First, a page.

Leadership Trailblazer Spotlight: Karyl Rattay, Director of the Delaware Division of Public Health

March 10, 2022 | ASTHO Staff

Public health has a rich history of women in leadership. Are there any figures who inspire you most?

There are so many women who have inspired me along my journey both in leadership and in public health. Much of my inspiration comes from the women in my own division who lead their teams, innovate solutions, and make a difference in the health of Delawareans every day.

Being a state health official for 13 years means I have had the privilege of knowing, and learning from, many brilliant women leaders from other states. Some who come to mind include my mentor Mary Selecky (alumni-WA), who is collaborative and bold; Dr. Jewel Mullen (alumni-CT), who is thoughtful and articulate; Dr. Rachel Levine (alumni-PA), who is a consensus builder (with a great sense of humor); and Dr. Anne Zink (SHO-AK), who has incredible energy and perspectives.

How have you been able to elevate other women in public health?

I hope that I have been able to elevate other women in public health in many ways. One that comes to mind though is by providing constant support for putting self and family first. When I began this role, my children were ages one and three, so I have had to model the difficulty of balancing work and motherhood. Our leadership team includes many women with children under the age of 18. We work hard to encourage a healthy work/family balance and I believe this has led many women to work, stay, and seek leadership roles in our division.

Who has been most supportive of you in your leadership journey?

I am grateful that I have received so much support during my leadership journey. At the top of my list are my husband and children. But I would like to honor my friend and deputy director, Crystal Mintzer Webb, who has been my partner at the Division of Public Health for the past 13 years. Together, we have made many positive changes in our division and have seen significant outcomes. Simply put, I could not have done this work without her support. I don't believe I would still be in this position if I did not have her by my side. Her honest feedback, her ability to pull me back from the brink when I’m feeling down or attacked, and her ability to fight the good fight of government bureaucracy for the people we serve inspires me and keeps me going.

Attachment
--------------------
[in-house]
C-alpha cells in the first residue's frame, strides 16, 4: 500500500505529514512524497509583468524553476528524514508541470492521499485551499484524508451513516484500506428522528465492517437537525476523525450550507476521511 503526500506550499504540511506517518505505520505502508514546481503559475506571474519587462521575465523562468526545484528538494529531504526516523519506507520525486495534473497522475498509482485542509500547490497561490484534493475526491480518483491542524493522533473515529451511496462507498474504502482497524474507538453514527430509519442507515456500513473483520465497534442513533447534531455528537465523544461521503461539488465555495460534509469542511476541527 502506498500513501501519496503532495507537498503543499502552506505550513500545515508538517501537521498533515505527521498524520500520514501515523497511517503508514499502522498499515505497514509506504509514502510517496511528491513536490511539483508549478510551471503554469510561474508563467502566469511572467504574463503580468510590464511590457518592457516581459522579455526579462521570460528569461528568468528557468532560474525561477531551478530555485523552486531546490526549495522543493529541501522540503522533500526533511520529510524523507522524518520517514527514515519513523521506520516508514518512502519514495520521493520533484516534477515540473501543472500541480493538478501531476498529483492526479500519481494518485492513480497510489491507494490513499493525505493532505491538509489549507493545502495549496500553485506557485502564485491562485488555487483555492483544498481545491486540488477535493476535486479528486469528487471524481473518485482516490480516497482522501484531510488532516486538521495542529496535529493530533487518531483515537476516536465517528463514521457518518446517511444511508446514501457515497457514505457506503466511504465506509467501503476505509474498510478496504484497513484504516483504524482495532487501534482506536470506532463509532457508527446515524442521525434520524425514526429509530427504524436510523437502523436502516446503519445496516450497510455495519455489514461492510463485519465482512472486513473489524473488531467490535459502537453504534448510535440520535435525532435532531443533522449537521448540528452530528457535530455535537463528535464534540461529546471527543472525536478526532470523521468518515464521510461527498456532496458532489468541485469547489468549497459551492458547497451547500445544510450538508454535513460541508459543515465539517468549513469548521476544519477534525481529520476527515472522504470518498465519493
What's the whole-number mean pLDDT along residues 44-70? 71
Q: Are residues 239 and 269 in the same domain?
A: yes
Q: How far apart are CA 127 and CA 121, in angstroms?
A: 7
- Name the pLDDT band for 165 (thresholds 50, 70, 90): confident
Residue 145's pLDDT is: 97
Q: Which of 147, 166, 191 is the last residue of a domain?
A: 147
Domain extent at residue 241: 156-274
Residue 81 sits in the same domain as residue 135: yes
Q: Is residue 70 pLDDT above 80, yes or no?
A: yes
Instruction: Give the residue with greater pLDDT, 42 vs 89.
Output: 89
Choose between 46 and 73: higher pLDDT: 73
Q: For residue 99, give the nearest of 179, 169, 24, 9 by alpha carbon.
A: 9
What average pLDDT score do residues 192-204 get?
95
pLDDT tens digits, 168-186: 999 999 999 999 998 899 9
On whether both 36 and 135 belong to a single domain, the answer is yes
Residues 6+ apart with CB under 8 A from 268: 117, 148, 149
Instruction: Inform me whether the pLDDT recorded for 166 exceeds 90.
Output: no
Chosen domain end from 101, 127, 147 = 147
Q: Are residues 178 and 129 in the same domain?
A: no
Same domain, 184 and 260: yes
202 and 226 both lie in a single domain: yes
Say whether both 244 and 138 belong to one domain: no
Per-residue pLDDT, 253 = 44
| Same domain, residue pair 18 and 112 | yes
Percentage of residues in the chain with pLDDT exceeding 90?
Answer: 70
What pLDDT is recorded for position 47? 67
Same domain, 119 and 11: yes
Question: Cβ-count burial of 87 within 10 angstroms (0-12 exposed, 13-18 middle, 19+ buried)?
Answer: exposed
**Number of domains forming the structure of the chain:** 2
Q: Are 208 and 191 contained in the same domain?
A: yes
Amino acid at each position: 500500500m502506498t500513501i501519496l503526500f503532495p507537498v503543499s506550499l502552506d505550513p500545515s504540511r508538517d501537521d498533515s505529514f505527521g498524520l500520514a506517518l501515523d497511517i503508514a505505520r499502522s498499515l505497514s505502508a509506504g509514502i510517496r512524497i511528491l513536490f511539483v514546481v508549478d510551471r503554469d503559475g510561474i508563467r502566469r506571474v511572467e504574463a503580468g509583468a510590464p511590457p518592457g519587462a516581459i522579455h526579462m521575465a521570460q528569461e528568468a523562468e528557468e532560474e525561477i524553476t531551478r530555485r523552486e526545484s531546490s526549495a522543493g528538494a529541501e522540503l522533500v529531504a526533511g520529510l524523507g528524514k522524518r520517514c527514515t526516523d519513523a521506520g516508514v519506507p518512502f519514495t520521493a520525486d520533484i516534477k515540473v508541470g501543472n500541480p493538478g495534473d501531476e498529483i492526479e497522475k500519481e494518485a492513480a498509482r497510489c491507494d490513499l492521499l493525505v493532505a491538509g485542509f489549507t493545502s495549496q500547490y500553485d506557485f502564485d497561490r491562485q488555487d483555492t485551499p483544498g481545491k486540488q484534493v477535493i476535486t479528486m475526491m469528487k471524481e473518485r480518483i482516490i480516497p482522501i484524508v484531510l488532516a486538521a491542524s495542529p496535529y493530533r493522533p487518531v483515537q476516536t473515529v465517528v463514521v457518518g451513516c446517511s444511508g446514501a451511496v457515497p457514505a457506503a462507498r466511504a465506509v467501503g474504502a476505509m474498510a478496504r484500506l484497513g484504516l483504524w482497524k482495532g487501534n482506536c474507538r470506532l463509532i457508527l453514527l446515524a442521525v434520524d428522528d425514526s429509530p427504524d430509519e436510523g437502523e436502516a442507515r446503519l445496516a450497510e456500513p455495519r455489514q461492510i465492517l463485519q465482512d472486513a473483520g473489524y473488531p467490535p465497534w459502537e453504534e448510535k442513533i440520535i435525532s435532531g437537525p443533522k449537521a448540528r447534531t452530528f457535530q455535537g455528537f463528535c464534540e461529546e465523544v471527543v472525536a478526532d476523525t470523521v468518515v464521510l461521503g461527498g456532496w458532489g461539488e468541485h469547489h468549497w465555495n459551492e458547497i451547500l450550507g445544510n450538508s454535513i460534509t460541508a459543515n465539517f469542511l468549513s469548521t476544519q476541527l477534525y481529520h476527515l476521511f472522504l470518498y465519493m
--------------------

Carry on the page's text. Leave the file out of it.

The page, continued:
Describe one of the most meaningful accomplishments of your career.

I can't pick just one. It is exhilarating to pass legislation like increasing the tobacco purchase age to 21, or adding e-cigarettes to our Clean Indoor Air Act, or executing successful initiatives like our Delaware CAN program that has led to a statewide decrease in unplanned pregnancies.

But I feel most proud that I can say I have never acted or spoken about any topic or issue inconsistent with my core values. When combining politics with science, it is challenging but important to keep our own values at the forefront and always be true to who we are as people. That means having courageous and difficult conversations at times. I have learned that most people respect the willingness to stay true to what matters to individuals personally.

The public health workforce has been under immense stress. Who—or what—motivates you to persevere through tough times?

The public health workforce motivates me to persevere through tough times. Let's be honest, we all have likely had our moments in the past few years and have questioned whether the stress of this work and the toll that it takes on our physical and mental health and our families is worth it. In those moments, it doesn't take much for me to remember all the incredible people in our division who could all get paid more in the private sector but are driven by our mission to improve the health of our citizens. We have come so far yet have so much work to do together. I cannot let them down.